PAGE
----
The odds of effective leadership among healthcare managers attended master or above education were 5.1 times (AOR = 5.1; 95% CI; 2.07, 12.61) higher compared with diploma holders. This finding was supported by the qualitative study in which a 58 years old nurse working at the hospital reported that educational status of healthcare managers has an impact on leadership effectiveness to realise the goal of the health sectors. “I think the level of education of healthcare managers may affect their ability to lead the health sectors. Since more educated healthcare managers might have higher knowledge of leadership. This can help managers to do better job by turning their knowledge into action” (a 58 years old nurse at the hospital).
A 44 years old public health officer working at the health center on the other hand replied that poor knowledge and skills of managers has an impact on leadership effectiveness. “The challenges in healthcare leadership effectiveness are mainly associated with managers’ lack of knowledge and skills on leading healthcare. This might be associated with poor supportive supervision, weak monitoring and evaluation of their performance due to lack of confidence, which in turn reduce to achieve the health sector goals” (a 44 years old public health officer at the health center).
The odds of effective leadership among healthcare managers who had work experience more than 15 years were 3.4 times (AOR = 3.44, 95% CI; 1.24, 9.55) higher than their counterparts. This finding was also inline with our KIIs findings, which indicated more experienced managers were effective in leading health cares. “Experiences of healthcare managers are critical for healthcare leadership effectiveness because managers can provide better leadership through identifying their strengths and weaknesses from their previous exposures and performances. This can help managers to take early corrective measures which enables them to lead effectively” (a 30 years old public health officer at the health center). “Work experiences of healthcare managers influence leadership effectiveness since someone works on the same position for certain years, the level of their concern on what to do and how to do may not their issues. As a result, this might help managers to do things easily in an effective way” (a 40 years old psychiatric nurse in the hospital).
On the other hand, a 30 years old public health officer working at the health center reported that managers who had low work experience might not be effective on leading health cares. “Managers who had a lesser work experience might bother about how to lead effectively, which can influence their leadership effectiveness” (a 30 years old public health officer at the health center).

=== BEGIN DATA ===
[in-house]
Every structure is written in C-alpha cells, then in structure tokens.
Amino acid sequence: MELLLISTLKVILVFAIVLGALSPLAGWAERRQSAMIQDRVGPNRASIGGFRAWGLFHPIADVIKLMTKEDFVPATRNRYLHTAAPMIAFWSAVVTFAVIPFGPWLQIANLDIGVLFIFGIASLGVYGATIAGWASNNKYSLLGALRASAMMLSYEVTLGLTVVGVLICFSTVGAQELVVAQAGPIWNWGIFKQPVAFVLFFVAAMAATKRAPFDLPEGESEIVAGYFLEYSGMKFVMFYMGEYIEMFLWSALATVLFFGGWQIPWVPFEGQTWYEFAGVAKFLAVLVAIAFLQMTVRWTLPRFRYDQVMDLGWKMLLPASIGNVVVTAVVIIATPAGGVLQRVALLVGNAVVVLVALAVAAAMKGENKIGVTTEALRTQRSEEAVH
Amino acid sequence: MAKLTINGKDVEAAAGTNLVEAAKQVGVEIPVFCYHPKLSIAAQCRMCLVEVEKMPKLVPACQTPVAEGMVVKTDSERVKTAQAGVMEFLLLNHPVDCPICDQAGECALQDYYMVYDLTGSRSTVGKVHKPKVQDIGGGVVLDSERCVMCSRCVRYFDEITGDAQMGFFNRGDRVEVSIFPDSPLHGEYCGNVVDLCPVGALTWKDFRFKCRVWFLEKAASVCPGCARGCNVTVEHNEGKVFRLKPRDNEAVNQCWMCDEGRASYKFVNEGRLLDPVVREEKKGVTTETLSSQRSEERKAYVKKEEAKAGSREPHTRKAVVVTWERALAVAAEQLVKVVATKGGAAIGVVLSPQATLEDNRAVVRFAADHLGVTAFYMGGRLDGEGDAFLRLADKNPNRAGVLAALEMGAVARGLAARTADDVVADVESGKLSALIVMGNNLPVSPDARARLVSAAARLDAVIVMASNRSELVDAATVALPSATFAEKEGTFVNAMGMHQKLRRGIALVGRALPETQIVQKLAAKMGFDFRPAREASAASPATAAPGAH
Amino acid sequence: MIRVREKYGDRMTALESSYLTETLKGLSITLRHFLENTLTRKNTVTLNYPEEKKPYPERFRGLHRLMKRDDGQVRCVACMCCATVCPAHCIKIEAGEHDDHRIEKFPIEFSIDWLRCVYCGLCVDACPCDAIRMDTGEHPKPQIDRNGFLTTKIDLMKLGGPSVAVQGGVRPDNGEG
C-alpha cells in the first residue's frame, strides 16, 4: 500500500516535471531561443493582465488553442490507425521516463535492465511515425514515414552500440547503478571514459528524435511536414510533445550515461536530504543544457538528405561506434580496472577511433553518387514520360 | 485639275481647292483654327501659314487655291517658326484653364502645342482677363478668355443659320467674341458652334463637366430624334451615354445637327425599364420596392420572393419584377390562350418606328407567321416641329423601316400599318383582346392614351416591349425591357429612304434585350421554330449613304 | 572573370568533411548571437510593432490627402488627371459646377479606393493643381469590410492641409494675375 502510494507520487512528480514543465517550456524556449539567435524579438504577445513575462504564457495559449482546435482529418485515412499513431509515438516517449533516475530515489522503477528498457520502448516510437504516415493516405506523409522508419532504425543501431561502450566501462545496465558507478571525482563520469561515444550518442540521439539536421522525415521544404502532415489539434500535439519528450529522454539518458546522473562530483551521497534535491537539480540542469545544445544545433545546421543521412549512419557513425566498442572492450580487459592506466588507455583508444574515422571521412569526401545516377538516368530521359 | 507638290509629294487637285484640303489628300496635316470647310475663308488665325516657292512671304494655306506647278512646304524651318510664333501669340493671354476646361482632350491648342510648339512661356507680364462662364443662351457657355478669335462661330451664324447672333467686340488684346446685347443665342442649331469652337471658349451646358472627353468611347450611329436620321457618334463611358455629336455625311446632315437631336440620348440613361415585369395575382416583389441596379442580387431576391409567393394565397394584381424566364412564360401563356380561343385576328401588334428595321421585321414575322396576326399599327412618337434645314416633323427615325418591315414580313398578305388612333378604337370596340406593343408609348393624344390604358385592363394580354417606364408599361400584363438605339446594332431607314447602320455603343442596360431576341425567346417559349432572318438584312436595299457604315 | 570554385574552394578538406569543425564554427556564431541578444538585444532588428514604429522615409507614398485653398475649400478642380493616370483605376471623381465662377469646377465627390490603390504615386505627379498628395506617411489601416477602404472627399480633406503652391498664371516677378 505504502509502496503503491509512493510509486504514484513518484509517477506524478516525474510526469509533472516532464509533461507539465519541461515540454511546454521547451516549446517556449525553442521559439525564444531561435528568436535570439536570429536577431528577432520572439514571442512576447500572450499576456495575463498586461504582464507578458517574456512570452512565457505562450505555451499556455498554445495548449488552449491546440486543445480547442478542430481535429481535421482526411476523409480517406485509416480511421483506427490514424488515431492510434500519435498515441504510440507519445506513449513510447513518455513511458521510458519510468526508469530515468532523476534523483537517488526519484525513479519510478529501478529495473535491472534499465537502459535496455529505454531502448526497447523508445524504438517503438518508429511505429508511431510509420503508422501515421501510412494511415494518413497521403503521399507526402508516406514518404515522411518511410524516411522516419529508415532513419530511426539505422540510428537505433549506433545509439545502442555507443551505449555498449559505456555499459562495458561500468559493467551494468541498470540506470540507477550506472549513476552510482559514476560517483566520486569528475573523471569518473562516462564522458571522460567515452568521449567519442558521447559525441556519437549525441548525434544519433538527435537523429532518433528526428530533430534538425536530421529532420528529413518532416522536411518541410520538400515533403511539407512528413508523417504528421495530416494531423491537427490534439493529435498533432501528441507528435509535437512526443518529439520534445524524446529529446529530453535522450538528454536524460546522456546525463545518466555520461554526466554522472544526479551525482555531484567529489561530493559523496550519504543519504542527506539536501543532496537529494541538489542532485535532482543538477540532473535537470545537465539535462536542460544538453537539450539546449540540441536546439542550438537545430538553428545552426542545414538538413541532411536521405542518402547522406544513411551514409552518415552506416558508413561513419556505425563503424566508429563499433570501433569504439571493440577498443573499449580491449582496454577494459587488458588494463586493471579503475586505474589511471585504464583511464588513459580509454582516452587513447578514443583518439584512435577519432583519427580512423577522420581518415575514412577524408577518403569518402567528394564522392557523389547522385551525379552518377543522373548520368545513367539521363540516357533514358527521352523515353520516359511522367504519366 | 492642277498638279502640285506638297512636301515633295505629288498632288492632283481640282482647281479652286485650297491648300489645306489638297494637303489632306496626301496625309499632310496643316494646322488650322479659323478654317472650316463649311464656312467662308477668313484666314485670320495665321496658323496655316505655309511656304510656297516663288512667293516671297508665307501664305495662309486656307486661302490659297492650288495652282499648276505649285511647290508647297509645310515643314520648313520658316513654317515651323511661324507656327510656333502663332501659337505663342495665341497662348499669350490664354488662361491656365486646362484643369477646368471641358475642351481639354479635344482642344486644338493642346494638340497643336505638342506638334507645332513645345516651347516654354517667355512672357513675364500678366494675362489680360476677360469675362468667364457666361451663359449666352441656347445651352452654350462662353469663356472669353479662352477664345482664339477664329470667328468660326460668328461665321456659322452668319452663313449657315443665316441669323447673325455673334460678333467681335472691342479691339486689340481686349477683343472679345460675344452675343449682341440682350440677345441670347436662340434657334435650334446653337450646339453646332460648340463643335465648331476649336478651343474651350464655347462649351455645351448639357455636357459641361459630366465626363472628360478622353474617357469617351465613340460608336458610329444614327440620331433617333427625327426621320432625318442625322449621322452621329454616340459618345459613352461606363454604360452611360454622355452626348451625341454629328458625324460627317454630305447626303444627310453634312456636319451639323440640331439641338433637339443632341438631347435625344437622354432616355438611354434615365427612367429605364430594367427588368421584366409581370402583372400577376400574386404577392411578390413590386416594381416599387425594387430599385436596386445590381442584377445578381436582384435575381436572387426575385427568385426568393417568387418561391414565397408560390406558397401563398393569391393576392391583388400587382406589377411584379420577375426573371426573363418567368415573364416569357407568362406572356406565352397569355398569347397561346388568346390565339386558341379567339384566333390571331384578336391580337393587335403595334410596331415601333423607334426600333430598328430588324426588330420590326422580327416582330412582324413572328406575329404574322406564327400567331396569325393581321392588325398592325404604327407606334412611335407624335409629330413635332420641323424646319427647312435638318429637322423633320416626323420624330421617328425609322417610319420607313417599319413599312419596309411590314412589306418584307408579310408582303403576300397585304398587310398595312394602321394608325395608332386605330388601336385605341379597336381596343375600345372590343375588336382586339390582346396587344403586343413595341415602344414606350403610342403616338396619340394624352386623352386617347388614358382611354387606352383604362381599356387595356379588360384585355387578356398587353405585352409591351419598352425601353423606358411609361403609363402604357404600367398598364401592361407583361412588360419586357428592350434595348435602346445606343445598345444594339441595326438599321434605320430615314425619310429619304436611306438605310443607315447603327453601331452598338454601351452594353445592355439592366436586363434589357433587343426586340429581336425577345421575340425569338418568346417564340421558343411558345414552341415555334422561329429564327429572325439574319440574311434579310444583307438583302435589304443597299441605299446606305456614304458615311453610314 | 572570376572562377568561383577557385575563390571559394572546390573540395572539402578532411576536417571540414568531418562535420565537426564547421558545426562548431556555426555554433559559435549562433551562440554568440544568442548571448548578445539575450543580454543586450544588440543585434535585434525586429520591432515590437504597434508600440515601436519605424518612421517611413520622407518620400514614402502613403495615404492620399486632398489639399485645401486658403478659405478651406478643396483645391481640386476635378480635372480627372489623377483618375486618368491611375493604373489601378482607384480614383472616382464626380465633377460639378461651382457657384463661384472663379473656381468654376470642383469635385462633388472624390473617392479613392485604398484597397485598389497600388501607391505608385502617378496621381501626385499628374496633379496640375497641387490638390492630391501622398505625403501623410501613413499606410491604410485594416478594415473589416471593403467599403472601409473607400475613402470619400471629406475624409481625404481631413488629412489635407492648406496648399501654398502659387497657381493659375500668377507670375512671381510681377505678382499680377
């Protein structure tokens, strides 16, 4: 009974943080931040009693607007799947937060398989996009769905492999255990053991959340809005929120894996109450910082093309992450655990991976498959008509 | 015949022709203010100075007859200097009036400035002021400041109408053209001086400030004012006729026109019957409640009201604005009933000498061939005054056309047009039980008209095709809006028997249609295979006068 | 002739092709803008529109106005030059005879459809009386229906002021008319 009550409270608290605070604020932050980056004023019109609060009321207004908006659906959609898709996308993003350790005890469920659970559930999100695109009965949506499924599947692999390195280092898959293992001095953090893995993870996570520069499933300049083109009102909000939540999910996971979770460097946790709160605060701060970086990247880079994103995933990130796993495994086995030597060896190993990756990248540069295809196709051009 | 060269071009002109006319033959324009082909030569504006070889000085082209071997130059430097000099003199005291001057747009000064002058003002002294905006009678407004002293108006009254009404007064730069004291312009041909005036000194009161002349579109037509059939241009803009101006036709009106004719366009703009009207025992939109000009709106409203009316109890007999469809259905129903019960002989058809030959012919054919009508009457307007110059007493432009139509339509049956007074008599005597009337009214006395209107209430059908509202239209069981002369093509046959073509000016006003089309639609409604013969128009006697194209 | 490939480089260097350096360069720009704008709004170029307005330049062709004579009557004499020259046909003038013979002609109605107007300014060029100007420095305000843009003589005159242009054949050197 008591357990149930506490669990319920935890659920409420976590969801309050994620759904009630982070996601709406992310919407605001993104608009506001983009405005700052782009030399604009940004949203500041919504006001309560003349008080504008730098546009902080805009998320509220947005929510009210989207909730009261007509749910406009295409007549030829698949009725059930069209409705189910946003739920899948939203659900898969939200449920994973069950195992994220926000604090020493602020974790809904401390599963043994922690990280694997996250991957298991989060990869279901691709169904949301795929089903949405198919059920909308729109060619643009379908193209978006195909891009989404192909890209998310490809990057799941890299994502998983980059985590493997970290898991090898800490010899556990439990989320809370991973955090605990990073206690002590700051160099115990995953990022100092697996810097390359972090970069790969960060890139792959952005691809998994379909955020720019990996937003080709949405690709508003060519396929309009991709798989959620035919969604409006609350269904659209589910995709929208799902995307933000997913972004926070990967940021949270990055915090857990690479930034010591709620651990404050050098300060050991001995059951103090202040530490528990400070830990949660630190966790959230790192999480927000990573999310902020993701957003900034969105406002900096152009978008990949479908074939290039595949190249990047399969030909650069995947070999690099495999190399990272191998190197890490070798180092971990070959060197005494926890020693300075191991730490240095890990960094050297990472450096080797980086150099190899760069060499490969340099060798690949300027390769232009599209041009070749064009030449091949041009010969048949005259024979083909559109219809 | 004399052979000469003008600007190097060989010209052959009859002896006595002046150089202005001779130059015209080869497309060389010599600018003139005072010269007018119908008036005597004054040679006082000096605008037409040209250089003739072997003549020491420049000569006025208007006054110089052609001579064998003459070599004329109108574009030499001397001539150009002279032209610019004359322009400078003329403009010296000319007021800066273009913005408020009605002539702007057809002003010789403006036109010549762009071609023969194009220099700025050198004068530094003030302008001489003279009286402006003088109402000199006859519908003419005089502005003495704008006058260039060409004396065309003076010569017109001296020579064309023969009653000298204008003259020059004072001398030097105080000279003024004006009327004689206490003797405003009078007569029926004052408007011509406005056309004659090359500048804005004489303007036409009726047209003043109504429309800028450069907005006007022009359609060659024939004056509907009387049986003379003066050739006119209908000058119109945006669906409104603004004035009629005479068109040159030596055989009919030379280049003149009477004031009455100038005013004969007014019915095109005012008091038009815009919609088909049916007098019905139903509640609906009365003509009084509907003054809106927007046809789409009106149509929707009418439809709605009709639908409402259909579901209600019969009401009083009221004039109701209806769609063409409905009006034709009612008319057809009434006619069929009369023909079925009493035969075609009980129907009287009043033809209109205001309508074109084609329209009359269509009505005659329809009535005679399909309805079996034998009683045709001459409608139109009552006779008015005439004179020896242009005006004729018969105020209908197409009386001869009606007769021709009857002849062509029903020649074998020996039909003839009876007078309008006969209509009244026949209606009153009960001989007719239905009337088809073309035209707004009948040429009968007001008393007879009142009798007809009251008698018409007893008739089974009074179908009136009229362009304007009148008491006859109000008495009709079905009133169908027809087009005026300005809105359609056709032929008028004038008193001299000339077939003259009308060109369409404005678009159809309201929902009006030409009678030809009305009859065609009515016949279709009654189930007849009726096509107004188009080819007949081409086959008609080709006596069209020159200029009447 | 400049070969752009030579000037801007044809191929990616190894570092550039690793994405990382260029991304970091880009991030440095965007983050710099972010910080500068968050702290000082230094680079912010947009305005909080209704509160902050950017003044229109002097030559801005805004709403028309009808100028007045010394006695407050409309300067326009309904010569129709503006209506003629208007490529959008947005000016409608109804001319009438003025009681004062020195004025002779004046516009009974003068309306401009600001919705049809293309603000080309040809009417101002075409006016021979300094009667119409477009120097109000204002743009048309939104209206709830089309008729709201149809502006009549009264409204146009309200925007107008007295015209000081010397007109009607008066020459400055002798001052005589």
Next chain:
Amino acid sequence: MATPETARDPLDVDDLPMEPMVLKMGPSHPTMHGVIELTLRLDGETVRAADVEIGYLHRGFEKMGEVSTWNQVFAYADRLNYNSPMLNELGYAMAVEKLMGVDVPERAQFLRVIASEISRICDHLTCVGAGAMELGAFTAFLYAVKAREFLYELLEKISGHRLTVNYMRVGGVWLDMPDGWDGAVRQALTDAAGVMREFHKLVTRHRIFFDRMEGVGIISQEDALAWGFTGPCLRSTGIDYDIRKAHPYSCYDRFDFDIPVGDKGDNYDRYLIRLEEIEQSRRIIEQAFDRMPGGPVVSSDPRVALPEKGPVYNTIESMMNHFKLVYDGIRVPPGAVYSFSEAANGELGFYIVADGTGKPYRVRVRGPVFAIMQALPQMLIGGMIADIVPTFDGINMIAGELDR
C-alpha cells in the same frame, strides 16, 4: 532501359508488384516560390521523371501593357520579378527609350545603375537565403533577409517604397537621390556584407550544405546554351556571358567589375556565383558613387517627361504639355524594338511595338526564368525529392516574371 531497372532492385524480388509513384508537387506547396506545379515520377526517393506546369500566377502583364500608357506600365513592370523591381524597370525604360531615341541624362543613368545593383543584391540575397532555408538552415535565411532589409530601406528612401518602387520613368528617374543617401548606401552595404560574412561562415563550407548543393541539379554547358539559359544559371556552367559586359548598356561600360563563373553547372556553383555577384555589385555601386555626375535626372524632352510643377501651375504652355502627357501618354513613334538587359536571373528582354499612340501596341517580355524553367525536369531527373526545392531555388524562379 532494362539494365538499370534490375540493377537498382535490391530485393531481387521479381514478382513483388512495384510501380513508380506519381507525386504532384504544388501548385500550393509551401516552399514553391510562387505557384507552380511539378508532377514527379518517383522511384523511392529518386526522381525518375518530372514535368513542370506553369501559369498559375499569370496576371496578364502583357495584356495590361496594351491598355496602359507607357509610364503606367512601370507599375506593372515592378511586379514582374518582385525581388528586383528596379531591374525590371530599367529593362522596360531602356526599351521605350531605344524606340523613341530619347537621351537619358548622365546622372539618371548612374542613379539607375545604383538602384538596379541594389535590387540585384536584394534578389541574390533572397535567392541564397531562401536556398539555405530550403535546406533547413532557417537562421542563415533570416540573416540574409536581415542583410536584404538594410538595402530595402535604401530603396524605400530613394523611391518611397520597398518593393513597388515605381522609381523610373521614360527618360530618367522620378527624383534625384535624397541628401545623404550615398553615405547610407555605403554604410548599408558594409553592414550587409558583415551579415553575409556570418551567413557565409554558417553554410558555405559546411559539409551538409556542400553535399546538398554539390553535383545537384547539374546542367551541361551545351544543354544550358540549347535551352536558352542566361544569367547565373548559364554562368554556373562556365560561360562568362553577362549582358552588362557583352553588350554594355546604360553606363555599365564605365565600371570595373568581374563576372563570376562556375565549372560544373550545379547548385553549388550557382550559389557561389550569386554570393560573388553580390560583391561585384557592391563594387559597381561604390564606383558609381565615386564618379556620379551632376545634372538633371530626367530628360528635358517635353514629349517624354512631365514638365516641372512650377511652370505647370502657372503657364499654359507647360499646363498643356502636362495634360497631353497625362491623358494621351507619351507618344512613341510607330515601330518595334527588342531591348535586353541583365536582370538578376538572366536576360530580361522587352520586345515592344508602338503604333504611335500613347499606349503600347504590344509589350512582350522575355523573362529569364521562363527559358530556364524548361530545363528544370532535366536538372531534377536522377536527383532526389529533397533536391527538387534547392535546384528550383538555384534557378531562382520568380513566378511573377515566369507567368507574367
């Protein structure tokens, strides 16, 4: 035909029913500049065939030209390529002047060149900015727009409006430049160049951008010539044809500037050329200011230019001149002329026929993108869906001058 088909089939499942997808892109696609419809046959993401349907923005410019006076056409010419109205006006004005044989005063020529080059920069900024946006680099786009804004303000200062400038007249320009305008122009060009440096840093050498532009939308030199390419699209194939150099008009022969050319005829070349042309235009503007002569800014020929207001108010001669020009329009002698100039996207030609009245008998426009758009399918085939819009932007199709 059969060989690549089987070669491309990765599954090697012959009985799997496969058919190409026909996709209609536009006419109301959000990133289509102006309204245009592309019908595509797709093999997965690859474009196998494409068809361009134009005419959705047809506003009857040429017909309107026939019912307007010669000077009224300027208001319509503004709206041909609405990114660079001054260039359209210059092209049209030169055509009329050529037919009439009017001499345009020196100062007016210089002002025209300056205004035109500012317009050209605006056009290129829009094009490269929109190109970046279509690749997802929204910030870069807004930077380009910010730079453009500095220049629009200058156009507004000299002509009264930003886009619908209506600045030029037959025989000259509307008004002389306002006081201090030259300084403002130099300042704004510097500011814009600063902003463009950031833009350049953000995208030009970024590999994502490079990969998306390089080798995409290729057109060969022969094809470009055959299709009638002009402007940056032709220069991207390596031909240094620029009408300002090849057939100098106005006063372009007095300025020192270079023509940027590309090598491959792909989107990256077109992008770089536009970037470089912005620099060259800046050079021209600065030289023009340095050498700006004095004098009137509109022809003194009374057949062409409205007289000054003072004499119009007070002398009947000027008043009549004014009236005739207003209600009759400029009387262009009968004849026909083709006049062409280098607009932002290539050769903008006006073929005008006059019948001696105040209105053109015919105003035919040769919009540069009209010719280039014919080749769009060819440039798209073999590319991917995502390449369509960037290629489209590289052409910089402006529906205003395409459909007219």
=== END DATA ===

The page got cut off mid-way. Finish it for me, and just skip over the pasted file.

A 37 years old public health officer working at the hospital also stated that age of healthcare managers might also affect the healthcare leadership effectiveness. “I think that age of healthcare managers has an impact on health sector performance because they would have better understood how to work effectively. This can be associated with older healthcare managers had got better experience on how to influence and direct staff members towards organisational goals” (a 37 years old public health officer working at the hospital).
The odds of effective healthcare leadership among democratic healthcare managers were 4 times (AOR = 4.01,95% CI;1.98, 8.14) higher compared with laissez-faire managers. This was also supported by a medical doctor at the hospital indicated that democratic leaders are more preferable for leadership effectiveness. “Democratic leaders are effective on organisational performance since they tried to promote and initiate employees to search problem-solving strategies/ ideas and reduce institutional disputes which helps them to reach at an advanced output” (a 54 years old medical doctor working at the hospital).
A 28 years old pharmacist working at the health center also reported that healthcare managers leadership can negatively affect leadership effectiveness and organisational performance. “Leadership style has an impact on the effectiveness of healthcare managers. I think it is important to use all three different leadership styles as necessary for the situation that fits for effectiveness; however, our manager has been exercised autocratic leadership style most dominantly, which may have negative impact on the performance of our organisation” (a 28 years old pharmacist in the health center).
“The leadership approach that we followed in our hospital is usually commanding. This may affect to work closely with the staffs and reduce healthcare performances since the employees are not motivated to do their job. This kind of leadership style may also suitable or appropriate for the team sprite of employees” (a 54 years old medical doctor in the hospital).
The odds of effective healthcare leadership among high emotional intelligent managers were 7.8 times (AOR = 7.86; 95% CI; 4.56,13.56) higher than compared with low emotional intelligent managers. A 29 years old nurse at the health center also stated that emotional intelligent managers are vital for proficient and evidence-based decision-making. “Emotional intelligent managers affect on leading health cares since a manager has better understood and handle the employees’ emotions that will help employees to perform with interests in an effective manner” (a 29 years old nurse at the health center). On the contrary, three KIs working at the health center and health offices reported that poor emotional intelligent managers can negatively affect their effectiveness in leading health cares. “Managers with low emotional intelligence can affect their effectiveness because those kinds of managers may decide without considering and understanding the situations of employees” (a 29 years old nurse at the health center). “Health office managers may not let you give a chance to talk and they do not want to understand the feelings and needs of their employees. They usually say that I know it and they do not want to listen anyone” (a 50 years old public health officer at health office). “Healthcare managers are not currently emotionally intelligent since they are politically motivated. I think that managers, particularly who are working at the healthcare sectors can not create and introduce new initiatives/ strategies to change. They do not analyse the feelings of their followers rather they mainly focused on to be loyal to their supervisors and political view” (a 24 years old Biomedical technician at the health office).